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Please use this identifier to cite or link to this item: http://hdl.handle.net/123456789/4778

Title: Effects of thermal mass, window size and night-time ventilation on peak indoor temperature in the warmhumid climate of Kumasi, Ghana
Authors: Amos-Abanyie, Samuel
Issue Date: 15-Jun-2012
Abstract: There is lack of empirical data and practical advice on thermal performance of building envelope materials used in Ghana in figures readily appreciated by building designers, prospective builders and facility managers. There is predominant use of low mass sandcrete blocks and adoption of universal building designs with extensive use of glazing that is characterized by high solar and conductive heat gains. Relatively lower night-time outdoor air temperatures are not harnessed to contribute in maintaining thermal comfort in buildings. This research aimed to advance knowledge in passive cooling of buildings in warm-humid climates by exploring the integration of passive and low energy cooling techniques in building design in Ghana to enhance thermal comfort and reduce energy use for space cooling. Adopting building performance simulation and experimental approaches, the effects of thermal mass, window size and night-time ventilation on peak indoor air temperature (PIAT) were evaluated using three variables: (1) the maximum temperatures, (2) the temperature difference ratio (TDR) and (3) the percentage of overheated hours. Following the simulations, experimental cells were designed and constructed based on the specifications of the best performing simulation models. Measured data from the experiments were used to validate the simulated results employing both graphical and statistical analyses. From the study it was observed that an increase in thermal mass by changing to materials of higher densities led to a reduction in peak indoor air temperature. Baked bricks (BB) and concrete (CONC) reduced peak indoor air temperature (PIAT) below that of solid sandcrete blocks (SSB) by 0.7°C and 3°C respectively. Increased thermal mass also led to an increase in the number of hours of delay of PIAT occurrence after of peak outdoor air temperature (POAT), with SSB, BB and CONC having delays of 2, 3 and 5 hours respectively. From the analysis, the study also revealed that reduction in window size lead to a reduction in PIAT. Even though the model with no windows exhibited the best performance, windows are important sources of natural light and views of nature and outdoor environment that should not be completely eliminated. From the study, activation of night-time ventilation at a rate of up to 10ACH, PIAT was reduced for all the thermal masses of various window to floor ratios tested. Concrete resulted in a decrease of PIAT of between 0.17°C and 0.19°C below that of the corresponding none night-time ventilated concrete models. With a ventilation rate of 10ACH, BB obtained a reduction on PIAT temperature of between 0.32°C and 0.04°C below that of the baked bricks VI models with no night-time ventilation. Solid sandcrete blocks with ventilation rates of 10ACH obtained a reduction on PIAT temperature of between 0.02°C and 0.05°C below the Solid sandcrete blocks models with no night-time ventilation. Increases of ventilation rates to 20ACH and 30ACH observed reduction in PIAT of average of below 0.06°C, 0.009°C and 0.008°C for concrete, baked bricks and solid sandcrete blocks respectively. Even though the combined effects of thermal mass, window size and night-time ventilation maintained PIAT below that of the control model, they were all above the mean outdoor air temperature. Concrete, baked bricks and solid sandcrete blocks maintained average temperatures of 2.5°C, 4.8°C and 5.5°C respectively above the mean outdoor air temperature. With a reference temperature of 29°C, expected reduction of the overheated hours varied between 35% and 39%, 37% and 39% and 36% to 42% for concrete, BB and SSB respectively. From the analysis, the thermo-physical properties of materials specified in the simulation program were found to be consistent with that of the local materials tested in this research. A high level of prediction accuracy was obtained in predicting the effects of thermal mass, window size and night-time ventilation with the E+ simulation program. The corresponding root mean square difference (r2) were 0.82 and 0.83 between predicted and measured data observed for mean air temperature and mean radiant temperature respectively. Coefficient of variance of root mean square error (CV[RMSE]) of 14.75% and 16.80% between predicted and measured data observed for mean air temperature and mean radiant temperature respectively. The study has made a number of contributions to the body of knowledge on passive and low energy cooling techniques regarding the development of Ghana. A significant contribution of this research to the body of knowledge is the provision of empirical evidence with respect to peak indoor air temperature drop to support the assertion that heavy thermal mass can improve the thermal performance of buildings in Ghana. Until this research, this assertion had not been supported by any empirical study from research findings in Ghana. Calibrated simulation models are used in retrofit analysis for improvement in the thermal performance of buildings. Therefore another significant contribution of this research to the body of knowledge is the achievement of a validated simulation model for the mode of building design and construction in Ghana. This provides a reference point for future calibrated simulation studies in Ghana. Another significant contribution of this research to the body of knowledge is the provision of sufficient evidence to confirm that thermo-physical properties VII of basic materials used for construction in Ghana are consistent with that used in international standard building simulation programs. Until this research there had been a widely held assertion that most building simulation programs are developed with thermo-physical properties of materials used in temperate developed countries and are not consistent with localized conditions as that of Ghana. Keywords: Buildings envelop, Thermal mass, Night-time ventilation, Peak indoor temperature, passive cooling techniques, Warm-humid climates.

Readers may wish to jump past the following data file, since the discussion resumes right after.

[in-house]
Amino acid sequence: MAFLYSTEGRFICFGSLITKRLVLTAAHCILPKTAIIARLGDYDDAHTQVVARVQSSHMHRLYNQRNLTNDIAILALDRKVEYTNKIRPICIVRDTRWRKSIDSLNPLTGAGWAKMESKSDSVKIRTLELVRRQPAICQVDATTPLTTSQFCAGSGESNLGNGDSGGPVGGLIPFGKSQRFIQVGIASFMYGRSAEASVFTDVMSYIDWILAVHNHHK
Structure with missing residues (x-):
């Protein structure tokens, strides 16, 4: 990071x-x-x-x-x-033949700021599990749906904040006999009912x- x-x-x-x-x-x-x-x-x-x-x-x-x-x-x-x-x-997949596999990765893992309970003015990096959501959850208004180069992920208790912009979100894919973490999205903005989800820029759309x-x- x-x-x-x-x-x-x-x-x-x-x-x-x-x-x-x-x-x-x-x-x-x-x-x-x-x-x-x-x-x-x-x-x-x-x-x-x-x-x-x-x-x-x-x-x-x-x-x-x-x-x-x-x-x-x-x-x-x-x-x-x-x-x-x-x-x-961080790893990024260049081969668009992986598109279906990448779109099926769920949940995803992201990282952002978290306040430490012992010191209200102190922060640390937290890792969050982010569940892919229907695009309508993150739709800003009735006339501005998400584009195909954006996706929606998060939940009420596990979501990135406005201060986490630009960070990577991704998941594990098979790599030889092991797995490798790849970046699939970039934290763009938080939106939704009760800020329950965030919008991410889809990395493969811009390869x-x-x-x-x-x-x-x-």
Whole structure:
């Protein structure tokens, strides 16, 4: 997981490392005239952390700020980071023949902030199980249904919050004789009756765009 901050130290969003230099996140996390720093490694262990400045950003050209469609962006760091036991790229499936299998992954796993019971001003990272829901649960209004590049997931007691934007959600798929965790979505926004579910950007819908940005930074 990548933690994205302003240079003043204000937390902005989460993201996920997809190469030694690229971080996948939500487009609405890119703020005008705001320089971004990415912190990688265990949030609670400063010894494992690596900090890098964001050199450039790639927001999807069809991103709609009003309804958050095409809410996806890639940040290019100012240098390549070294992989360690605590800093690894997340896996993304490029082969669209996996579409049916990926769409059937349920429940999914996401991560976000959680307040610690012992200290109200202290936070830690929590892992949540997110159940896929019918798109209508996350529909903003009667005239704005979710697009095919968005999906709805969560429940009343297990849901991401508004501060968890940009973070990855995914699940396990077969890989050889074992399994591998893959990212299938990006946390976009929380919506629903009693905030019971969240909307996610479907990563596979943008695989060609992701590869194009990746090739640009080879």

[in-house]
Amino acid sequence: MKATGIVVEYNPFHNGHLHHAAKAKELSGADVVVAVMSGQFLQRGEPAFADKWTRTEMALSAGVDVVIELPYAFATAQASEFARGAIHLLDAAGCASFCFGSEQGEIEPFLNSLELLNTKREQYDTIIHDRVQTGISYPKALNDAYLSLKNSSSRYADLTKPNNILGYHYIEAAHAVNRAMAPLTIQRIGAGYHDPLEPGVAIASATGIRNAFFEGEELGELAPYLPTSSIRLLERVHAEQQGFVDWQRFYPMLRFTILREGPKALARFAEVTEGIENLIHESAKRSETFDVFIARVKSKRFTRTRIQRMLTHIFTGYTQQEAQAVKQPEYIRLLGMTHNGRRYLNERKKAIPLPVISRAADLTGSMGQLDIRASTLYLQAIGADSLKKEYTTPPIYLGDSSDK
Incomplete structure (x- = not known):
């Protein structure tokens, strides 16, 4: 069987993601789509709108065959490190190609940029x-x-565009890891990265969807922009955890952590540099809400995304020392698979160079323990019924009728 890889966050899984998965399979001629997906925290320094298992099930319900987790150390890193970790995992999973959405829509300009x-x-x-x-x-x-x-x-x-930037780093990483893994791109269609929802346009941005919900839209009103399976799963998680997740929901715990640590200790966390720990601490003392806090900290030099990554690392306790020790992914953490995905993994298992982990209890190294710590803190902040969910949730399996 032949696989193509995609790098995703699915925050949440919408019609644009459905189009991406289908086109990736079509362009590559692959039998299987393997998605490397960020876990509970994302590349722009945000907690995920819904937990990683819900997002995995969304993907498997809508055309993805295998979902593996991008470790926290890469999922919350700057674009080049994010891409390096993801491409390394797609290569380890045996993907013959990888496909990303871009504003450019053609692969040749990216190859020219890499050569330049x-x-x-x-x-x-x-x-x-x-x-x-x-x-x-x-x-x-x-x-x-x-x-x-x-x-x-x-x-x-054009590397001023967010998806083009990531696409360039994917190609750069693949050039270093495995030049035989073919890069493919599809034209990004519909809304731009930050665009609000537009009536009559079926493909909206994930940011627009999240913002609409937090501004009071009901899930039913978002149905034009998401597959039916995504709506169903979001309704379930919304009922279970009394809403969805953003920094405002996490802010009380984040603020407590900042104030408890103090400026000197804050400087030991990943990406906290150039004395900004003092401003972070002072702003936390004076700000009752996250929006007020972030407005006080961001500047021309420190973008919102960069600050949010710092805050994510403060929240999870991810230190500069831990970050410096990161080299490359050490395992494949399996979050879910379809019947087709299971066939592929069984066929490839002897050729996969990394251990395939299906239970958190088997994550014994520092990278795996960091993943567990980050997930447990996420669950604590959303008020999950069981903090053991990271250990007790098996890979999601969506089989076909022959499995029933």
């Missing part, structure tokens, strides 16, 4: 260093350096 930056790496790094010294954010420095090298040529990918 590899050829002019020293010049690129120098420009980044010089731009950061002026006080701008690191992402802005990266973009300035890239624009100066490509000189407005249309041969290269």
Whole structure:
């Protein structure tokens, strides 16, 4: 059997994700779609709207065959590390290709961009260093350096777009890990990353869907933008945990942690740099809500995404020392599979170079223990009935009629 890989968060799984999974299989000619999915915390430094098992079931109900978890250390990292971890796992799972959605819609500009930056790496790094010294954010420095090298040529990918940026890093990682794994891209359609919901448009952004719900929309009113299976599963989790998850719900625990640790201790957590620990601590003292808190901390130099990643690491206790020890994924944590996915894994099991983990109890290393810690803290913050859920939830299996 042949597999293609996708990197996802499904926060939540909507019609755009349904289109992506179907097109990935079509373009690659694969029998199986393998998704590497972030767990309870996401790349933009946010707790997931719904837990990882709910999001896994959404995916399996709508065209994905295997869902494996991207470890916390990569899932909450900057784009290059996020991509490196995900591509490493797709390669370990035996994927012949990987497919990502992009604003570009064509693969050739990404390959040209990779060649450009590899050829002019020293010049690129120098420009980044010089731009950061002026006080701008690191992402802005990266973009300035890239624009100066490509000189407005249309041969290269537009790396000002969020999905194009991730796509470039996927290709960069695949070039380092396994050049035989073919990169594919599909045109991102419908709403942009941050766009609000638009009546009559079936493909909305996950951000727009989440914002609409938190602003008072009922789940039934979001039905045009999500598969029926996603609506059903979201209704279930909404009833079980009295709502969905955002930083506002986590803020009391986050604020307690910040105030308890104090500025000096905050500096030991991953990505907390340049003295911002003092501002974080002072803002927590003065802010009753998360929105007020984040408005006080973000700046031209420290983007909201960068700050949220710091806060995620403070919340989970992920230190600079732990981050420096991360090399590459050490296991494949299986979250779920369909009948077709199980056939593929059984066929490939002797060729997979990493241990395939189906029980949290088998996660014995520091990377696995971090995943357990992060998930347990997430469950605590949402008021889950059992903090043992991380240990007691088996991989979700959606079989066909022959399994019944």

Description: A Thesis submitted to the Department of Building Technology, Kwame Nkrumah University of Science and Technology In partial fulfilment of the requirements for the degree of DOCTOR OF PHILOSOPHY,2012
URI: http://hdl.handle.net/123456789/4778
Appears in Collections:College of Architecture and Planning